Worse, it mirrors the exact script being run in the US and the UK like who is managing this narrative?
    So why do we need all the control systems that these guys are pushing so hard for? Why not take the real criminals off the streets and the public is protected. Surely all this flash new surveillance equipment can do that! But it never seems to does it. Have you asked yourself why that is? Scary stuff under the guise of protecting the public is going on and it seems so transparent to me it is laughable.
    The terrorist boogie man went quiet for a couple of years but thanks to our present leader he is back in full kit. Nutcases and adventure seekers are being given a stage they would otherwise not enjoy and afforded a status among their peers they could never have dreamed for. Just a sham. Poor statesmanship to boot. Take away western funding either direct or indirect, and terrorism would be a toothless tiger. But don’t get me started on that ISIS crap!

  5. John Taylor

    Norman, being facile is a real skill – you ought use it more wisely. As is patently obvious from BK’s article and the evidence in the inquiry, in answer to your question:

    “I was wondering why there is NO case for improving Australia’s ability to retain data which could assist in protecting against ever more sophisticated potential terrorist attacks.”

    Because NO case exists. Not. A. Sausage.

    Sorry old bean.

  6. Buddy

    The only ones it would benefit would be governments to track down whistleblowers, by say, referring leaks to the AFP .. Because let’s face it, that’s what this is really about ..

  7. drsmithy

    So if data retention is not to manage crime, why is it so desperately needed?

    Makes it much, much easier to prosecute copyright infringement and find people with the wrong political views.

  8. The Cleaning Lady

    Scott Ludlam is a bloody legend.

    Thanks, Bernard. Excellent work as usual. “Shinybum scopophiliacs” FTW!

  9. Marion Wilson

    Today Abbott gave the hostage situation in Sydney and the Paris attack on Charlie as the prime reasons driving data retention in Australia – making it imperative and urgent. I don’t see it. I understand that the hostage taker in Sydney was mentally disturbed and I’m not aware that he communicated with any subversive person who encouraged or facilitated his action. In that situation how would data retention have produced information that would have protected anybody? There is much to fear from politicians and unaccountable organisations having access to personal communications. Abuse would certainly occur.

  10. Zeke

    Denis Vente @ 1

    I believe the main reason for pushing through this data retention scheme has to do with the TPP, the free trade agreement with the USA. The Australian government is coming under increased pressure from the US Government (representing the Movie Studios and the recording industry) to provide access to the data of Australians so that the movie and recording industry can sue any Australian who has the temerity to download torrents.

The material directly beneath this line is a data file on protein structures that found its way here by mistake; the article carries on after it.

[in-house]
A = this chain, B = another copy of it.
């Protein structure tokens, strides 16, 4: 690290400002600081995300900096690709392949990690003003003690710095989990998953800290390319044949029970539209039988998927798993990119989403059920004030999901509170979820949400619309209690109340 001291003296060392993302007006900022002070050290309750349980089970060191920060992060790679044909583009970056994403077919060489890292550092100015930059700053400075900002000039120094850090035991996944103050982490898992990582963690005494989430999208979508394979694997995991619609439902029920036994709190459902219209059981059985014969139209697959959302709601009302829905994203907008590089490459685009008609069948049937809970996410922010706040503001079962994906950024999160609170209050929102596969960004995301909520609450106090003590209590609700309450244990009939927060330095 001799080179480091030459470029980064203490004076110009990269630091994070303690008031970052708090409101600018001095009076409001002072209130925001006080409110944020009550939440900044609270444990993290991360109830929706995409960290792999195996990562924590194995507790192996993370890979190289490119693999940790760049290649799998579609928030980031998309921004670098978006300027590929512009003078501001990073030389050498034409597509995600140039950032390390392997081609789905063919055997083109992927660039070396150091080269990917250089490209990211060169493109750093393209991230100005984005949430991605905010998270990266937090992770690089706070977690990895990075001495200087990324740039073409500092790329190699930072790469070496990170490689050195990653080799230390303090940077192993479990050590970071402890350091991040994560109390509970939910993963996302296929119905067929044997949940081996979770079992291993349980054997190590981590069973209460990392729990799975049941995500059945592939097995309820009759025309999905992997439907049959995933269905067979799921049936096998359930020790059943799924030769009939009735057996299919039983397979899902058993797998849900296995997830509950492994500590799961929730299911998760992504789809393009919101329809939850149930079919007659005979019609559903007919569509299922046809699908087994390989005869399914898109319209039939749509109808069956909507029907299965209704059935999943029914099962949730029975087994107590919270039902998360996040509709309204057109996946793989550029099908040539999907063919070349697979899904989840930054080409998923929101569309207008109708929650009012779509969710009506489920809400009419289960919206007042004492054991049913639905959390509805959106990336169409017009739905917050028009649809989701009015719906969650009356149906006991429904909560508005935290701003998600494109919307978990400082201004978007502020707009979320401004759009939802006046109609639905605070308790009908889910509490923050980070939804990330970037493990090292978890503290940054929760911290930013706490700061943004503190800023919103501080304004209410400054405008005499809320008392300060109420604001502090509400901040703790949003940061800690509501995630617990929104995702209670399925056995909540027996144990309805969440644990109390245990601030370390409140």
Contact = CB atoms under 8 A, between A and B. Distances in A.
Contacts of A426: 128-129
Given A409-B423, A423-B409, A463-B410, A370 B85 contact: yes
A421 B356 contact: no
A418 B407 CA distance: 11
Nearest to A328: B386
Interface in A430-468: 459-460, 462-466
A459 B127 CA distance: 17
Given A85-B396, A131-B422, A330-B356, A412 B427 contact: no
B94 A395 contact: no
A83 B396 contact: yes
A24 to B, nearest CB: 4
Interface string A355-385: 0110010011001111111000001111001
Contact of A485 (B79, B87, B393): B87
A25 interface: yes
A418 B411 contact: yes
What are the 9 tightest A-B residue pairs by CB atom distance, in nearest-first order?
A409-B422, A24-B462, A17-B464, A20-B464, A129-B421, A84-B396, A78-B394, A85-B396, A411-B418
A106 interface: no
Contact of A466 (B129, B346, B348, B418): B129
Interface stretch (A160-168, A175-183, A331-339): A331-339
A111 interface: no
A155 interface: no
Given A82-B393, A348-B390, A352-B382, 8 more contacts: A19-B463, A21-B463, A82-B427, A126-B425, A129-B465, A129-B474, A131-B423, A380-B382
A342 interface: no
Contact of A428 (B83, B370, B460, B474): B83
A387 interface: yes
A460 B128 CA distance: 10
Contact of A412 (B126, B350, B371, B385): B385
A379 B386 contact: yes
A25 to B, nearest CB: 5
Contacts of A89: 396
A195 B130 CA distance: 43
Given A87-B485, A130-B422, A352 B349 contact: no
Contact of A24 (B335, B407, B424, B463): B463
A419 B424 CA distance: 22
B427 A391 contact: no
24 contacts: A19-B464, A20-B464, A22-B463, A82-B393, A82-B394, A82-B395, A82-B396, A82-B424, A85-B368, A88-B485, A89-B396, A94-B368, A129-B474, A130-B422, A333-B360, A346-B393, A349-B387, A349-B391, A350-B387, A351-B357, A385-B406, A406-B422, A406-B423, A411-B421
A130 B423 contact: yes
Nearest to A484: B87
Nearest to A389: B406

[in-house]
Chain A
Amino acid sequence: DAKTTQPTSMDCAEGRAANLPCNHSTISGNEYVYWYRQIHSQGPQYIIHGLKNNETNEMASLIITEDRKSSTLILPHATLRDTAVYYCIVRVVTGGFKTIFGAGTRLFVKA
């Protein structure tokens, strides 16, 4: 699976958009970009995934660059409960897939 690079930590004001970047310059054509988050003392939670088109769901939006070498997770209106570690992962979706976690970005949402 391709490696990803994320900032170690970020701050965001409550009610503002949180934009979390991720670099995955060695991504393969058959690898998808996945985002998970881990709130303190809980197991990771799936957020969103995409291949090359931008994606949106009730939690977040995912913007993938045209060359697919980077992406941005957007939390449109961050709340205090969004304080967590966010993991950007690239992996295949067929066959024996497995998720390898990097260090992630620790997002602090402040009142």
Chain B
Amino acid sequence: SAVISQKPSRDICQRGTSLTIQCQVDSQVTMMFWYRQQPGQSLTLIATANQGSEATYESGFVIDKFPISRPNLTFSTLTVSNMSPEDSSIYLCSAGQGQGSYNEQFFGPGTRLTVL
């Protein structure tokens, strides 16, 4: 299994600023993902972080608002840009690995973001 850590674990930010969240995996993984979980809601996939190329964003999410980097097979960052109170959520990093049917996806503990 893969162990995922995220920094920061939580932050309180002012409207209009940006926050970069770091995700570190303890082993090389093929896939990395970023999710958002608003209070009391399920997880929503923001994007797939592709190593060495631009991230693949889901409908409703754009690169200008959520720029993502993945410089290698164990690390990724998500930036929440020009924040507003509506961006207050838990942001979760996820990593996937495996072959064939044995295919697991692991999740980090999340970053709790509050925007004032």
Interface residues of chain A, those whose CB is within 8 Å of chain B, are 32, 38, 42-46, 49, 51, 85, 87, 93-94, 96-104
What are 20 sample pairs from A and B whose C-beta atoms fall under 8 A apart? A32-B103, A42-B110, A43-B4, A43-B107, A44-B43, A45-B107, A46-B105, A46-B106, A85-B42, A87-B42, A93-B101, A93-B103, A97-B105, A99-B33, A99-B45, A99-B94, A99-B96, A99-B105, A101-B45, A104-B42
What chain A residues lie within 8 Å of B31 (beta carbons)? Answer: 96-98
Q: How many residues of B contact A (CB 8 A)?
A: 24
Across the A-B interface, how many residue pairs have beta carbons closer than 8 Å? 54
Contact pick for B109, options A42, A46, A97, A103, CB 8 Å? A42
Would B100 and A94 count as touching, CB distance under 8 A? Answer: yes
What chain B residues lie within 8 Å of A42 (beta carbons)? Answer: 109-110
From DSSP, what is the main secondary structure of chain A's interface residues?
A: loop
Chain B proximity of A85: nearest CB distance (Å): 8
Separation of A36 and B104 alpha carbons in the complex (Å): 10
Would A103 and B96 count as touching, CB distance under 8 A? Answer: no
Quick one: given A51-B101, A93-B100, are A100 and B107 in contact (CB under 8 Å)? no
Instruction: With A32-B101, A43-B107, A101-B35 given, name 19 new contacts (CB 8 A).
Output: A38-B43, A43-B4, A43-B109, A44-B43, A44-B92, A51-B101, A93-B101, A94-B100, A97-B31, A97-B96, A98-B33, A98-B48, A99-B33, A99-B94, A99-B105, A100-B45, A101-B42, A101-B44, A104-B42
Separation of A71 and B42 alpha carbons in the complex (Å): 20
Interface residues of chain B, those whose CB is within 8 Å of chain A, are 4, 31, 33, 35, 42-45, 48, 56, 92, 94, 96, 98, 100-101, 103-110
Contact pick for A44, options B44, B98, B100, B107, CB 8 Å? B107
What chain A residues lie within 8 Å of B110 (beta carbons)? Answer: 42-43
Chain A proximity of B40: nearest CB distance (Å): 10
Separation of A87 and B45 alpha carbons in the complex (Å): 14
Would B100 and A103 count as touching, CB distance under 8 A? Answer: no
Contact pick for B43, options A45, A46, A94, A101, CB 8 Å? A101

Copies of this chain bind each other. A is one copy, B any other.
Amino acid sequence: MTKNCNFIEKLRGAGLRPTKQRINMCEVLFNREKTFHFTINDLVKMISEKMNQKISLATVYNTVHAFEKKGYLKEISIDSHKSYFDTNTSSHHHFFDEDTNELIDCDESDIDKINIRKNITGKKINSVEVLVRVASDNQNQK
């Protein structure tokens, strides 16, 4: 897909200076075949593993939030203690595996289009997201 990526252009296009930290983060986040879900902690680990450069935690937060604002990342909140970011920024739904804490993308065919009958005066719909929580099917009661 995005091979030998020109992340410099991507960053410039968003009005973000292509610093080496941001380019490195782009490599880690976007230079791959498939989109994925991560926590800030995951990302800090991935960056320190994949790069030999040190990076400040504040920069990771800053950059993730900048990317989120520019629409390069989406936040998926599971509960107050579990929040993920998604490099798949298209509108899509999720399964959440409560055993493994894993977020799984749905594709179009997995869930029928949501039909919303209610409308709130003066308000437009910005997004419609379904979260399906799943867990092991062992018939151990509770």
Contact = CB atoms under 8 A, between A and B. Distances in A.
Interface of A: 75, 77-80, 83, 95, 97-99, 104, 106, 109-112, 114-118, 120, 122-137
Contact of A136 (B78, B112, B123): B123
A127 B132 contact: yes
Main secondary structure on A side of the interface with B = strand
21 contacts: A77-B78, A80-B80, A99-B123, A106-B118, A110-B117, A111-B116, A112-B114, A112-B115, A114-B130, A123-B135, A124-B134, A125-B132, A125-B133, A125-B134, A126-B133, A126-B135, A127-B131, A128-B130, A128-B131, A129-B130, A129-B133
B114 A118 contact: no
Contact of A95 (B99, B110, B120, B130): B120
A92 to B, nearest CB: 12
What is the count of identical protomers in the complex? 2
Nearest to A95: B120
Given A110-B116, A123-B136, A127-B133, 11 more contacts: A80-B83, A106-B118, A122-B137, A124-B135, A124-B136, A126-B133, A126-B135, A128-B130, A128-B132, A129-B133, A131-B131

This is all about copyright violation. Terrorism is just the excuse, and an extremely weak one at that.

  11. Norman Hanscombe

    Bernard, you certainly don’t lack doting followers, but for those not part of that category, I was wondering why there is NO case for improving Australia’s ability to retain data which could assist in protecting against ever more sophisticated potential terrorist attacks.
    Please explain.

  12. Denis Vente

    >Data retention is really a side show.

    Or perhaps not.

    It may be an important supplement to the vast amounts of communication data already picked up by the 5 Eyes.

    I suspect it is important to track who has certain knowledge.

  13. Electric Lardyland

    Yes, z a, and it’s also probably another example, in the long list of examples, of why right wing governments rarely live up to their rhetoric of slashing government spending. On the one hand, they arrive in office all fired up by their mantra of “government is the problem”, and thus start slashing things like health, education, welfare and infrastructure spending. But on the other hand, they all seem to have something of a fetish toward anyone in an uniform and an overwhelming need to wrap themselves in the flag. So consequently, they then go about spending more than they saved, on things like police officers, prisons, the armed forces and security agencies.
    An interesting and typical example of this came out during the recent Qld election, when local ABC host, Steve Austin, was discussing Napoleon Newman’s claim that he had employed 800 new police officers. Hearing this discussion prompted the president of the Qld Police Union, Ian Leavers, to call the program. A somewhat irritated Leavers explained that, well, while they had employed 800 extra officers, the government had also sacked the equivalent number of administrative staff. So what this meant was, that since the record keeping still needed to be done, the police were now spending more time doing the paperwork. This meant two things: firstly, since clerical staff are more efficient than police when it comes to paperwork, these tasks now took much longer, and secondly, since trained police officers are more highly paid than clerical staff, it was now costing more to do the paperwork. And that was not counting the cost of redundancies, the cost of training, etc. It also meant the total amount of time that police spent catching criminals, patrolling roads, etc, was just that little bit down.